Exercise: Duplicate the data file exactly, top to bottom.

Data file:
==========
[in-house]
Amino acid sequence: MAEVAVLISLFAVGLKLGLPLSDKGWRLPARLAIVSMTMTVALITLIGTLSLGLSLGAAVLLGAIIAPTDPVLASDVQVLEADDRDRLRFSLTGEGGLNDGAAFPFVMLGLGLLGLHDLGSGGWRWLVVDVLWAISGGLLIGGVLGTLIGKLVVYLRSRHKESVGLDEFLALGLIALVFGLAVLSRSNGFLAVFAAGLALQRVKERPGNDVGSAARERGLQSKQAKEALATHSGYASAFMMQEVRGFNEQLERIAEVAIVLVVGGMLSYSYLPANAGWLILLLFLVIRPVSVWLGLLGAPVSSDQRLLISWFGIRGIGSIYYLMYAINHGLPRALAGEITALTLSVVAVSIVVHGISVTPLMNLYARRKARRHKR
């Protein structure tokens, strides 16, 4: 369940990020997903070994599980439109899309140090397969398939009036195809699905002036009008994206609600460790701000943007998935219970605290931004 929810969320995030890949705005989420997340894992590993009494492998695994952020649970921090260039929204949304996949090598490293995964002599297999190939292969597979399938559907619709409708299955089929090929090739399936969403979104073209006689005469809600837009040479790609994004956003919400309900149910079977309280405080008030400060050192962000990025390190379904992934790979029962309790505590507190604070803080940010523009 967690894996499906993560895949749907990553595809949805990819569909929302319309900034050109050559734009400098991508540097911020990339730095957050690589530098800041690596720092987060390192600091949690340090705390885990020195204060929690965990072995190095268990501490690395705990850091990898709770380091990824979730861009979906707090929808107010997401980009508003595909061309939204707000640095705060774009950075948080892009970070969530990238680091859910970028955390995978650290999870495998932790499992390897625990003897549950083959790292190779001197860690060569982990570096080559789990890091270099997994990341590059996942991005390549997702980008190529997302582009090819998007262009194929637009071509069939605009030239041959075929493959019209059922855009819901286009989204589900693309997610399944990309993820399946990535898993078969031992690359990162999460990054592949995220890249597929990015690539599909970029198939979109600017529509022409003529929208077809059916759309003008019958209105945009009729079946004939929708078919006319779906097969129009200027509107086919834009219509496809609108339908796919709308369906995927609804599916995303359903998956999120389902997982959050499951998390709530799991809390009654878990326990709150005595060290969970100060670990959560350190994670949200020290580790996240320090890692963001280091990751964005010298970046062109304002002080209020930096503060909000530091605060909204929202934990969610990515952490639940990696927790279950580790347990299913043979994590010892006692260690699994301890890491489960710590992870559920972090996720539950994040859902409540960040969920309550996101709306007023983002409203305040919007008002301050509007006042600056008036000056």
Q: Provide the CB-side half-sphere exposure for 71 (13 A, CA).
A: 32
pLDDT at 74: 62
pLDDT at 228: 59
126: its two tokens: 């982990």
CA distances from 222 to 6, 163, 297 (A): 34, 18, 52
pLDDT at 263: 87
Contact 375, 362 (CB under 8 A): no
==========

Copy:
[in-house]
Amino acid sequence: MAEVAVLISLFAVGLKLGLPLSDKGWRLPARLAIVSMTMTVALITLIGTLSLGLSLGAAVLLGAIIAPTDPVLASDVQVLEADDRDRLRFSLTGEGGLNDGAAFPFVMLGLGLLGLHDLGSGGWRWLVVDVLWAISGGLLIGGVLGTLIGKLVVYLRSRHKESVGLDEFLALGLIALVFGLAVLSRSNGFLAVFAAGLALQRVKERPGNDVGSAARERGLQSKQAKEALATHSGYASAFMMQEVRGFNEQLERIAEVAIVLVVGGMLSYSYLPANAGWLILLLFLVIRPVSVWLGLLGAPVSSDQRLLISWFGIRGIGSIYYLMYAINHGLPRALAGEITALTLSVVAVSIVVHGISVTPLMNLYARRKARRHKR
């Protein structure tokens, strides 16, 4: 369940990020997903070994599980439109899309140090397969398939009036195809699905002036009008994206609600460790701000943007998935219970605290931004 929810969320995030890949705005989420997340894992590993009494492998695994952020649970921090260039929204949304996949090598490293995964002599297999190939292969597979399938559907619709409708299955089929090929090739399936969403979104073209006689005469809600837009040479790609994004956003919400309900149910079977309280405080008030400060050192962000990025390190379904992934790979029962309790505590507190604070803080940010523009 967690894996499906993560895949749907990553595809949805990819569909929302319309900034050109050559734009400098991508540097911020990339730095957050690589530098800041690596720092987060390192600091949690340090705390885990020195204060929690965990072995190095268990501490690395705990850091990898709770380091990824979730861009979906707090929808107010997401980009508003595909061309939204707000640095705060774009950075948080892009970070969530990238680091859910970028955390995978650290999870495998932790499992390897625990003897549950083959790292190779001197860690060569982990570096080559789990890091270099997994990341590059996942991005390549997702980008190529997302582009090819998007262009194929637009071509069939605009030239041959075929493959019209059922855009819901286009989204589900693309997610399944990309993820399946990535898993078969031992690359990162999460990054592949995220890249597929990015690539599909970029198939979109600017529509022409003529929208077809059916759309003008019958209105945009009729079946004939929708078919006319779906097969129009200027509107086919834009219509496809609108339908796919709308369906995927609804599916995303359903998956999120389902997982959050499951998390709530799991809390009654878990326990709150005595060290969970100060670990959560350190994670949200020290580790996240320090890692963001280091990751964005010298970046062109304002002080209020930096503060909000530091605060909204929202934990969610990515952490639940990696927790279950580790347990299913043979994590010892006692260690699994301890890491489960710590992870559920972090996720539950994040859902409540960040969920309550996101709306007023983002409203305040919007008002301050509007006042600056008036000056």
Q: Provide the CB-side half-sphere exposure for 71 (13 A, CA).
A: 32
pLDDT at 74: 62
pLDDT at 228: 59
126: its two tokens: 């982990």
CA distances from 222 to 6, 163, 297 (A): 34, 18, 52
pLDDT at 263: 87
Contact 375, 362 (CB under 8 A): no